In the 1930s, robots were killing the music industry

Via Scoop.itMediaMentor

[excerpt] We’ve all heard that the Internet is killing the music industry, just like home taping was supposed to kill it before. As it turns out, accusations that technology would destroy music go all the way back to the 1930s, when musicians claimed tyrannical robots would churn out soulless music.Synchronized sound may have been a wonder to theater audiences who saw 1927′ The Jazz Singer, but to some musicians, it signalled the death knell of live performances. In 1930, the American Federation of Musicians formed the Music Defense League, which launched a $500,000 ad campaign, asking the public to petition for live musicians in lieu of “canned” prerecorded music. The ads featured robots playing instruments, accompanied by claims that soulless machines would destroy the emotional art of music. […]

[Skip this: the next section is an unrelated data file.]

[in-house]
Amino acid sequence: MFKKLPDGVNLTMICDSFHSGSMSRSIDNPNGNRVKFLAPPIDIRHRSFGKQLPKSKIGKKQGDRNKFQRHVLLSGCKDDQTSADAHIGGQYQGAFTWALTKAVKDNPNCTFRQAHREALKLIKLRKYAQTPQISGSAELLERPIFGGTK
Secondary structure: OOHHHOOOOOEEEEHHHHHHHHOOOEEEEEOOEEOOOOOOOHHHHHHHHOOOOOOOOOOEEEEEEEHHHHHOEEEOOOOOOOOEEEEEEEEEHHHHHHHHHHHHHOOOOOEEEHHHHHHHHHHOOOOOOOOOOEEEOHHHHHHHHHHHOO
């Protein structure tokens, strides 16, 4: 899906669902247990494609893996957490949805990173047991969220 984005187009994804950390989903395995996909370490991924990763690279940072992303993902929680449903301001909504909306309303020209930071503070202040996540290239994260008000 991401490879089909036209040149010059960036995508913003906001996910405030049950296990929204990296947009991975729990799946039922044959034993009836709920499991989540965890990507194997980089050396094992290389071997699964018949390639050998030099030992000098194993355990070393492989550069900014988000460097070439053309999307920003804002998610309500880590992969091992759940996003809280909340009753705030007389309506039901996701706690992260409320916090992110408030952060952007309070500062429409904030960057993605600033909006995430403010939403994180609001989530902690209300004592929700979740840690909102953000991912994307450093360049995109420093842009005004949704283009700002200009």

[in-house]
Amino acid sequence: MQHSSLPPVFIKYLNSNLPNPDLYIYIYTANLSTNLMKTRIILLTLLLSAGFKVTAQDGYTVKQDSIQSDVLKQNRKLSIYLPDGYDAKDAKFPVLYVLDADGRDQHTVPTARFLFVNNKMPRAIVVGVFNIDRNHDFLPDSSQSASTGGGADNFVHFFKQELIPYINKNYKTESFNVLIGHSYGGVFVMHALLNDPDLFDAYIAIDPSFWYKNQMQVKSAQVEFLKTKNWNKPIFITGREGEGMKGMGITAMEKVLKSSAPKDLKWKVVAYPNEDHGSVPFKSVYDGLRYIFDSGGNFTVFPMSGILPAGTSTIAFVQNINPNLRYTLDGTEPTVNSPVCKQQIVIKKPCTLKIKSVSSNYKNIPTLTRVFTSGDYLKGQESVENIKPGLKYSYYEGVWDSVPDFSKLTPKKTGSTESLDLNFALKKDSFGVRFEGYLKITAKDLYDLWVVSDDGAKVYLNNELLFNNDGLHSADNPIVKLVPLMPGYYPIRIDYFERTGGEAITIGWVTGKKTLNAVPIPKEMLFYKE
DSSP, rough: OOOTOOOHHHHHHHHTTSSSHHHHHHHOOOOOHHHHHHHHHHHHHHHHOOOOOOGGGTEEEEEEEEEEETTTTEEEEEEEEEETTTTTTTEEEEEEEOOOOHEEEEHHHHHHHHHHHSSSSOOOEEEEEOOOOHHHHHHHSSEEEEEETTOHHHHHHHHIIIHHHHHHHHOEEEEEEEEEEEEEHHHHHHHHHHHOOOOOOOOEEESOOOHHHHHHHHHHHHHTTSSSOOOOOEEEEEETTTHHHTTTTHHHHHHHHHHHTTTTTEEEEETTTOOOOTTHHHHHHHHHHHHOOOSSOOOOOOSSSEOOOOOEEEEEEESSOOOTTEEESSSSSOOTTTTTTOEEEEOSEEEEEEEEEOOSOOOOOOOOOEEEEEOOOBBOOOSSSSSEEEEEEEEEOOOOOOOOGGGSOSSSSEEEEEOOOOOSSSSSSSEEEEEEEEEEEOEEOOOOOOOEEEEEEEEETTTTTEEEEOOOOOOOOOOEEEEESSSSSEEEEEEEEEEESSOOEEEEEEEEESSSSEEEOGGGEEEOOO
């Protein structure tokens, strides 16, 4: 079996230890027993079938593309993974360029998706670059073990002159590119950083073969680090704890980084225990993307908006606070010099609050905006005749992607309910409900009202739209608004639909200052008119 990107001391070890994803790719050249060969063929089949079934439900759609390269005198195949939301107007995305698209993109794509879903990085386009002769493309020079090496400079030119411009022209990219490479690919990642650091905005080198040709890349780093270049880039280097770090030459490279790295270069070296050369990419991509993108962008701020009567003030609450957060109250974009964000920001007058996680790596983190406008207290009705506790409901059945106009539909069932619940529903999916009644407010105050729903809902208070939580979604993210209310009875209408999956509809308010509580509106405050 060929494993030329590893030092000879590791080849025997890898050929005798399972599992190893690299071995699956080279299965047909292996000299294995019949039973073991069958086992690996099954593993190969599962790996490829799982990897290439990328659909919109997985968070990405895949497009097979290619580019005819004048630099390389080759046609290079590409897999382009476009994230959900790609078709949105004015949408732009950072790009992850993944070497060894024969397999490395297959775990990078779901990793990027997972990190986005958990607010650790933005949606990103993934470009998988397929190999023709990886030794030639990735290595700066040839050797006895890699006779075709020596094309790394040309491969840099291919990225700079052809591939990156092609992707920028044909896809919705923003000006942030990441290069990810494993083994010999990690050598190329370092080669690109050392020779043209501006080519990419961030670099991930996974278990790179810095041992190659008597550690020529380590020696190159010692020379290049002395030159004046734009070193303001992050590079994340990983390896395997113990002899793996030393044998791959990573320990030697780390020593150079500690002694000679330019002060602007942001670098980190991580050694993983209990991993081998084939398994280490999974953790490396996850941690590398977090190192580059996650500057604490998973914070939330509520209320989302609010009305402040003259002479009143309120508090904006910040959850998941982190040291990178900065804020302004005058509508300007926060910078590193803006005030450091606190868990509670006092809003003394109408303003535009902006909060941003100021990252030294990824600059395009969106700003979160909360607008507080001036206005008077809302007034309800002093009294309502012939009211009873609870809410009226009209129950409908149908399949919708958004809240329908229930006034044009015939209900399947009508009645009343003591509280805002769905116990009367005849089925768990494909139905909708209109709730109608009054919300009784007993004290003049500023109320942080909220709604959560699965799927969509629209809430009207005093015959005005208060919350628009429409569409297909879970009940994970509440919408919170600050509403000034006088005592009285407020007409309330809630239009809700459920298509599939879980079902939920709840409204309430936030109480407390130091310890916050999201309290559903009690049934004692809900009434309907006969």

Via io9.com

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